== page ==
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Do Your Best Payroll

In the gig economy, how important is payroll? Just as much as ever! While many firms make the majority of their profits from compliance work in tax and audit, the firms providing Client Advisory Services (CAS) have discovered that payroll can be a ...


October 2019 Issue

In the gig economy, how important is payroll? Just as much as ever! While many firms make the majority of their profits from compliance work in tax and audit, the firms providing Client Advisory Services (CAS) have discovered that payroll can be a profitable component of an attractive service offering. Traditionally, CPA firms have outsourced payroll to providers like ADP, Paychex and Ceridian, as a strategy to reduce liability, ensure that payroll taxes, 941’s and W2’s were handled in a timely fashion and that employees were paid on time. Further, requirements of various jurisdictions required software, tax tables and deductions to be updated frequently, usually before every payroll.

Then, something significant happened. It became notably easier to update software and to make employee information more accessible because of the internet. Downloading updates to local installations or simply using centralized cloud resources meant that software and other items that had to be updated could be taken care of in a single location. Self-service employee portals became more common, and timekeeping was enabled from web browsers and mobile devices. While I could not easily locate the number of payrolls currently run in the United States, consider that payroll runs occur weekly, bi-weekly, semi-monthly, and monthly. The number of people involved per payroll vary widely from one to tens of thousands. Most CPA firms handle payrolls of one to thousands of employees for their clients. Further, contractors are frequently paid for their work and receive 1099’s annually, but my recent research tells me that contractors are frequently treated like employees and workers are misclassified for a variety of reasons. One thing is for sure, millions of people in the U.S. receive a paycheck that is generated by a variety of systems.

So, How Do We Recommend and Pick the Right Payroll Strategy?

Philosophically, most CPA firms have recommended outsourcing payroll. That is part of how ADP, Paychex and Ceridian built the size and scale of their current businesses. Other CPA firms decided to run payroll service bureaus, use or run professional employer organizations (PEOs) and used a variety of products:

Payroll Service Bureau Software

While it is never our intent to tell you which products to use or consider, we do like to recommend products that are working well. Realistically, with payroll software for smaller businesses, there are dozens of choices and as a buyer it is hard to discern which one will work the best although we have additional choices here. However, two approaches are clear: hosted (cloud) vs. in-house.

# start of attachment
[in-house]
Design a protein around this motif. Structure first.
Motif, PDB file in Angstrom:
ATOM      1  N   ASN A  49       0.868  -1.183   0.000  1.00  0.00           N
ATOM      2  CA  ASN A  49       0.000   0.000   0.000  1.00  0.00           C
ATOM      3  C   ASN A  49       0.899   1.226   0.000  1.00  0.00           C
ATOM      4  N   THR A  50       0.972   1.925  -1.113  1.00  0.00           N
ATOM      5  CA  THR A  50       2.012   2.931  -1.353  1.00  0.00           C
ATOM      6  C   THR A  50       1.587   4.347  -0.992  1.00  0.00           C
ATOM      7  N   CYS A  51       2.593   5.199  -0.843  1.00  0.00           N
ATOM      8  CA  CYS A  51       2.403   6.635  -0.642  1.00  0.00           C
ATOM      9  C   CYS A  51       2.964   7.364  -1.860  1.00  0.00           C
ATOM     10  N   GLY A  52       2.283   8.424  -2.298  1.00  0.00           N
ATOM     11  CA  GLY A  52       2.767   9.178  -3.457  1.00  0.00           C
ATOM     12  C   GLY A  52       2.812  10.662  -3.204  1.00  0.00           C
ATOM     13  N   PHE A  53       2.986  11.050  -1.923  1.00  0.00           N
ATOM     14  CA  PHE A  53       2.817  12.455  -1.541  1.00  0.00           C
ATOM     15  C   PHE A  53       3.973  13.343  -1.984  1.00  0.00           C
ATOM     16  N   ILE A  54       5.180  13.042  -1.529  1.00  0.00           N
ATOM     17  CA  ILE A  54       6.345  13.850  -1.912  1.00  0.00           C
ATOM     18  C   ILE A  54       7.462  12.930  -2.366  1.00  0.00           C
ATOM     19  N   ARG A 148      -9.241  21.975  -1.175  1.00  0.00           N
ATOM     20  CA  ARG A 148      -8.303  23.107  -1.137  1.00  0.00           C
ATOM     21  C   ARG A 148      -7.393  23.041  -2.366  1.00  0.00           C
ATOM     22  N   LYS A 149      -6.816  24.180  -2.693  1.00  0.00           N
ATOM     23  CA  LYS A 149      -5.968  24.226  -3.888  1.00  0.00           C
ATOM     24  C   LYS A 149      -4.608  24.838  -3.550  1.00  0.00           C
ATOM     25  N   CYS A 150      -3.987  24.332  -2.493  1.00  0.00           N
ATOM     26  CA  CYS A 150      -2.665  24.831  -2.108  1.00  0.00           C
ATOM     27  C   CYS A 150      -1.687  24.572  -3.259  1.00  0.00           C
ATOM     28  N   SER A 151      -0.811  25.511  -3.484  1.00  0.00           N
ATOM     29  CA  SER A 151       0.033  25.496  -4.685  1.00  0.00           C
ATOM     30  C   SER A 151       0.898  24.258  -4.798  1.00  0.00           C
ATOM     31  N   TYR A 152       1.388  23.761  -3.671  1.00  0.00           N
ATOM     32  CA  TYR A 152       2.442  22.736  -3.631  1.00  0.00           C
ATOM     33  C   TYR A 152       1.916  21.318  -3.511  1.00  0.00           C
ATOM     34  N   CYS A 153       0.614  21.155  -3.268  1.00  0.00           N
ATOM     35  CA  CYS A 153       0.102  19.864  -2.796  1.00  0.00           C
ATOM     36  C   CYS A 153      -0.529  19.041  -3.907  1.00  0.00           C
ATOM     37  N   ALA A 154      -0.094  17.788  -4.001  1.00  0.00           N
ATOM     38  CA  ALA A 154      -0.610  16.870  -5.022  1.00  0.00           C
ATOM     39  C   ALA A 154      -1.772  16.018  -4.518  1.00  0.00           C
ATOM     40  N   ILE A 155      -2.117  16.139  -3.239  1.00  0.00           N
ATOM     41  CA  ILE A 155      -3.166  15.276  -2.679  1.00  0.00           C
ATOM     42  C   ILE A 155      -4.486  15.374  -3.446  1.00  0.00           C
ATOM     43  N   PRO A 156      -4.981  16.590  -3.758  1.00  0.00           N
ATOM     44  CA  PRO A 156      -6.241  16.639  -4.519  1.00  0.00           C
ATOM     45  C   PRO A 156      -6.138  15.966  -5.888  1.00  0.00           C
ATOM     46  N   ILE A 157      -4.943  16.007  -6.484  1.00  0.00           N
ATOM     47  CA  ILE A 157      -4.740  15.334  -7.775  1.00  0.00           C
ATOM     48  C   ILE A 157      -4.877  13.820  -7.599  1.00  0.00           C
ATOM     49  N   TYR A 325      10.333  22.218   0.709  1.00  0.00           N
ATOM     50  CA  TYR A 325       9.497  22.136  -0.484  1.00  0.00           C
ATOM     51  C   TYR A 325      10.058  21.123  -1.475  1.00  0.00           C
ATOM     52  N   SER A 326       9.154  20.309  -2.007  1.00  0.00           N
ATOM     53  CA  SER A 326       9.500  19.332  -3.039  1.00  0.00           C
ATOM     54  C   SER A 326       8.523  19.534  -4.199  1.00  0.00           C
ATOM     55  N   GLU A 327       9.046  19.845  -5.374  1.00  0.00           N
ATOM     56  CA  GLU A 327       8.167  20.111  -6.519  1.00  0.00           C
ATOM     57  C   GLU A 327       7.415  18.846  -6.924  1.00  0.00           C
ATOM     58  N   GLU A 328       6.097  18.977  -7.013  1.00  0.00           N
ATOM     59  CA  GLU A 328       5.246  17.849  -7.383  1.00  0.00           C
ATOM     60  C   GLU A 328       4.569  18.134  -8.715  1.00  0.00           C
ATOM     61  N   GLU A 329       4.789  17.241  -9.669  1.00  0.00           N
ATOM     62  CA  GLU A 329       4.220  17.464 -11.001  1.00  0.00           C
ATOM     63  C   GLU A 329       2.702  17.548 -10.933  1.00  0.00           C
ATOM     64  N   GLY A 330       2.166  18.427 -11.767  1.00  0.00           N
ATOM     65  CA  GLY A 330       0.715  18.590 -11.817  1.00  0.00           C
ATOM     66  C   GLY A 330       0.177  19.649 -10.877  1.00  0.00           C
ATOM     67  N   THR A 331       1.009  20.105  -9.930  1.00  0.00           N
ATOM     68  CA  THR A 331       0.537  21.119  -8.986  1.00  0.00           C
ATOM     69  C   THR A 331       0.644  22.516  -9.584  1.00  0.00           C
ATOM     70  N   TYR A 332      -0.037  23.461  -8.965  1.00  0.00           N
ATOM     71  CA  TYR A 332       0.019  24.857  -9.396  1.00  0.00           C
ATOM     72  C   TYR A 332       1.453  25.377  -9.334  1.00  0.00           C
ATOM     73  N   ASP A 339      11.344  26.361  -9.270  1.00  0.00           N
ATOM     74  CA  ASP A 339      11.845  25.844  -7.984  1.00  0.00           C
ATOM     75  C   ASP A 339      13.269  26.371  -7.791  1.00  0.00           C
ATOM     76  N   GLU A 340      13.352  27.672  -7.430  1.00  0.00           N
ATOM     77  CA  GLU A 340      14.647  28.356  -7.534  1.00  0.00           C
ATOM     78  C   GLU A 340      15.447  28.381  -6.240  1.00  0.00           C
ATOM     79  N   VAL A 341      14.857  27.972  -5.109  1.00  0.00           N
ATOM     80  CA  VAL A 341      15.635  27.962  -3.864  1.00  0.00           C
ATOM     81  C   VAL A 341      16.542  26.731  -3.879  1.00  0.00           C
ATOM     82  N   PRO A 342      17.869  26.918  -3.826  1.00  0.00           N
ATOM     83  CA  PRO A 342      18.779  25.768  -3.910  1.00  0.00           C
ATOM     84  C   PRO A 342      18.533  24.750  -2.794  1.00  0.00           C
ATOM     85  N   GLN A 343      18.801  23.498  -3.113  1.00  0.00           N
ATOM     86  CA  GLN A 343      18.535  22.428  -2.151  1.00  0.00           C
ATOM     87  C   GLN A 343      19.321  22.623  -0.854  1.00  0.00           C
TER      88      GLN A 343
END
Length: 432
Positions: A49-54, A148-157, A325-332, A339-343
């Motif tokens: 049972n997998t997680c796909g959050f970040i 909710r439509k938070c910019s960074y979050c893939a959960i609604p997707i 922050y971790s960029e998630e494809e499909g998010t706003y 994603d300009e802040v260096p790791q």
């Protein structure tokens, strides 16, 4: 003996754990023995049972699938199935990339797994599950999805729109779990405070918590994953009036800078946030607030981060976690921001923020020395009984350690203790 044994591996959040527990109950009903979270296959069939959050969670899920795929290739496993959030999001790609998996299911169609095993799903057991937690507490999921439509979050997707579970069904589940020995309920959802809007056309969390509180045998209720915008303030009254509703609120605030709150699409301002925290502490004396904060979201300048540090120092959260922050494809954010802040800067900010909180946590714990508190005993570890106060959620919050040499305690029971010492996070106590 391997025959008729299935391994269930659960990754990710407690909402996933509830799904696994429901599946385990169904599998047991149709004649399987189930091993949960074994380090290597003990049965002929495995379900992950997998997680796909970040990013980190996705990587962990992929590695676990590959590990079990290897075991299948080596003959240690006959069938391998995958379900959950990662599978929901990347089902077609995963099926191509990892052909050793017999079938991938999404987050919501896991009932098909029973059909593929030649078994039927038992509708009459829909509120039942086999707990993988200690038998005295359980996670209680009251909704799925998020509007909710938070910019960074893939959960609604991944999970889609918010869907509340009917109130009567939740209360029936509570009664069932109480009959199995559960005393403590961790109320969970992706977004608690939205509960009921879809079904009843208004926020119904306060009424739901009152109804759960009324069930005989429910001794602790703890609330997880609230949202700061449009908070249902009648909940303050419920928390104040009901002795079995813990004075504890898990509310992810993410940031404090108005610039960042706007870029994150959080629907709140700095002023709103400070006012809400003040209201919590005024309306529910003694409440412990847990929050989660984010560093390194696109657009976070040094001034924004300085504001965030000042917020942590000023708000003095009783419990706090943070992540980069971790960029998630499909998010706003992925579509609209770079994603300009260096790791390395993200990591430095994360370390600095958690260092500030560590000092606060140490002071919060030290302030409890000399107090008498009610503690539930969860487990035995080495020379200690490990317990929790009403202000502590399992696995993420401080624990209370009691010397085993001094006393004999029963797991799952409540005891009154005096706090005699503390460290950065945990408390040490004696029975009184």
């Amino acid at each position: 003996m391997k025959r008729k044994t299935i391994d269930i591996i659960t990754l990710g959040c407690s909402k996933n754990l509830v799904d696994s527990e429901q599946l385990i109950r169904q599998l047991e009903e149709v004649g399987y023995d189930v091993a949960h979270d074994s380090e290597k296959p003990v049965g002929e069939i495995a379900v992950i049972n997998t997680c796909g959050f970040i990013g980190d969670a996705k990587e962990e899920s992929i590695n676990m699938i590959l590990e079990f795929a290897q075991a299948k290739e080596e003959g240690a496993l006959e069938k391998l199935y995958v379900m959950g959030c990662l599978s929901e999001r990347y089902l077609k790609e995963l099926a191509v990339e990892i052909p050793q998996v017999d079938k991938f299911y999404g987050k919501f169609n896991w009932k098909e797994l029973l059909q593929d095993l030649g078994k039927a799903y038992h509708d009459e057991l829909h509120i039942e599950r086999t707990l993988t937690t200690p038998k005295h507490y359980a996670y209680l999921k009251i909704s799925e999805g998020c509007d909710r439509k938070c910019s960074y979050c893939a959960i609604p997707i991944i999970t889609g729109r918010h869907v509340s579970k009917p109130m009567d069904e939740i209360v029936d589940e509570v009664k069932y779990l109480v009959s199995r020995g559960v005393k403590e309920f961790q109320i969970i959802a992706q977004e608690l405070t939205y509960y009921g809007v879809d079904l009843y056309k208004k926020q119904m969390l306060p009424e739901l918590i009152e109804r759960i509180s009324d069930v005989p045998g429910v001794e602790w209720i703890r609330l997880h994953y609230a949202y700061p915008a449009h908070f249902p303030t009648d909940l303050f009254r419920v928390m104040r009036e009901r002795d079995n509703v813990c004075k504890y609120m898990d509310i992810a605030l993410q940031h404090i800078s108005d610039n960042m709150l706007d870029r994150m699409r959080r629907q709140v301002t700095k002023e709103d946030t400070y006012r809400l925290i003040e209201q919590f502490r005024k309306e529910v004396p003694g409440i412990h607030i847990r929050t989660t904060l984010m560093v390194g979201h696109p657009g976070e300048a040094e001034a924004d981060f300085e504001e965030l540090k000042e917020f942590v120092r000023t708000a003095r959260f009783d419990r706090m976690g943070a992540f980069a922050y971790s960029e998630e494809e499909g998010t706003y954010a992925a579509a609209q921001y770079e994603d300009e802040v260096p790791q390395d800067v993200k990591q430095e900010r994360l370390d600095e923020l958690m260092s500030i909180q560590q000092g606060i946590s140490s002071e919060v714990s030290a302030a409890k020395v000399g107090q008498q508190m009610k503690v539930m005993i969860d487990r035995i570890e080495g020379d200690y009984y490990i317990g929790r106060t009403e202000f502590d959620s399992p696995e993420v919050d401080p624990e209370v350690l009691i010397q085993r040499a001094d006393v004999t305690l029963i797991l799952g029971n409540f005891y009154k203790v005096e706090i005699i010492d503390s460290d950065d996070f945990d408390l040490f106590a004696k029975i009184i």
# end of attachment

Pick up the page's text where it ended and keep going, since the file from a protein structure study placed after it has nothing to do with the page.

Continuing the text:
• 1099 Etc. A-T-F Payroll – AMS Payroll
  • Accounting CS Payroll – Thomson Reuters
  • CenterPoint Payroll – Red Wing Software
  • CYMA Payroll & Human Resources – CYMA
  • Payroll for Windows & Mac – CheckMark Payroll Software
  • QuickBooks Desktop Payroll – Intuit
  • Sage 50cloud (formerly Peachtree Accounting) – Sage
  • Payroll modules from accounting products such as Dynamics (GP=Great Plains, NAV=Navision), Open Systems TRAVERSE, etc.

More Commonly Used in CPA Firms

While payroll is only one additional service offering, note that many of these software publishers also offer a human resources (HR) system, too. By the time most businesses reach 75 people, an HR system is helpful for compliance. Smaller businesses benefit from having integrated HR functions, too. Therefore, if you are looking at payroll as a client service offering, remember to consider if you ever expect to add HR and consider products that have additional HR functionality for future adoption.

Are there downsides and upsides to offering a payroll service?

Absolutely! Clearly there are compliance risks and deadlines that must be met. You can’t do payroll for a few clients and be successful. We suggest that your vision should be to have at least ten clients, but realistically, having one hundred or more clients on payroll would be ideal. Remember to use lower cost people to provide the service, not more expensive CPAs. While the work of many people producing payrolls can be monitored by a few professionals, it is hard to make appropriate levels of profitability if a CPA professional is doing the payroll work.

Providing payroll services have some upsides, too. Clients tend to be very sticky when you are running payroll for them. Payroll produces year-round recurring revenue. Payroll services allow you to expand into other offerings including HR, expense reporting and management, bill pay, accounting and employee benefits. Further, a professional practice that includes payroll services can be sold at a 3.5-4.5 multiple, which is far higher than a typical firm produces today. While we’d prefer that you stay in business, if you are planning an exit strategy, including payroll services can increase the price paid for your firm.

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